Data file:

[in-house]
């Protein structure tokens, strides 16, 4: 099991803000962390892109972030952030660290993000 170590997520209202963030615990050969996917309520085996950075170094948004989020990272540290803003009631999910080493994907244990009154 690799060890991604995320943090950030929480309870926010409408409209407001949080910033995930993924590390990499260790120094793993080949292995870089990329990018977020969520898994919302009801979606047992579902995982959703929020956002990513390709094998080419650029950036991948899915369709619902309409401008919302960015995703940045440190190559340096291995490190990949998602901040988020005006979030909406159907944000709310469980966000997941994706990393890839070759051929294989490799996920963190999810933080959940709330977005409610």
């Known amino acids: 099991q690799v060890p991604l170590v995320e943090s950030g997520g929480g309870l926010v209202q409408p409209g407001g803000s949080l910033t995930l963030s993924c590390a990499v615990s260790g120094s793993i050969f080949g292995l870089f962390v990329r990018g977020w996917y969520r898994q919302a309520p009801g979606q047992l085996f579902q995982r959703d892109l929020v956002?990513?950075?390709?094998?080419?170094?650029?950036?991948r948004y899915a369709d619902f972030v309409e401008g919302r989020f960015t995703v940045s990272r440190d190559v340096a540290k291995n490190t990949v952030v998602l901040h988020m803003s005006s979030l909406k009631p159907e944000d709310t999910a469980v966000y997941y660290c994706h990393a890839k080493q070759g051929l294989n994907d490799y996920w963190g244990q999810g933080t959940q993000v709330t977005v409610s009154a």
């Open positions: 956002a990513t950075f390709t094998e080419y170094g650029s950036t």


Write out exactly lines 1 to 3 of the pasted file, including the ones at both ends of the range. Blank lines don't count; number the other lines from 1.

[in-house]
């Protein structure tokens, strides 16, 4: 099991803000962390892109972030952030660290993000 170590997520209202963030615990050969996917309520085996950075170094948004989020990272540290803003009631999910080493994907244990009154 690799060890991604995320943090950030929480309870926010409408409209407001949080910033995930993924590390990499260790120094793993080949292995870089990329990018977020969520898994919302009801979606047992579902995982959703929020956002990513390709094998080419650029950036991948899915369709619902309409401008919302960015995703940045440190190559340096291995490190990949998602901040988020005006979030909406159907944000709310469980966000997941994706990393890839070759051929294989490799996920963190999810933080959940709330977005409610």
């Known amino acids: 099991q690799v060890p991604l170590v995320e943090s950030g997520g929480g309870l926010v209202q409408p409209g407001g803000s949080l910033t995930l963030s993924c590390a990499v615990s260790g120094s793993i050969f080949g292995l870089f962390v990329r990018g977020w996917y969520r898994q919302a309520p009801g979606q047992l085996f579902q995982r959703d892109l929020v956002?990513?950075?390709?094998?080419?170094?650029?950036?991948r948004y899915a369709d619902f972030v309409e401008g919302r989020f960015t995703v940045s990272r440190d190559v340096a540290k291995n490190t990949v952030v998602l901040h988020m803003s005006s979030l909406k009631p159907e944000d709310t999910a469980v966000y997941y660290c994706h990393a890839k080493q070759g051929l294989n994907d490799y996920w963190g244990q999810g933080t959940q993000v709330t977005v409610s009154a």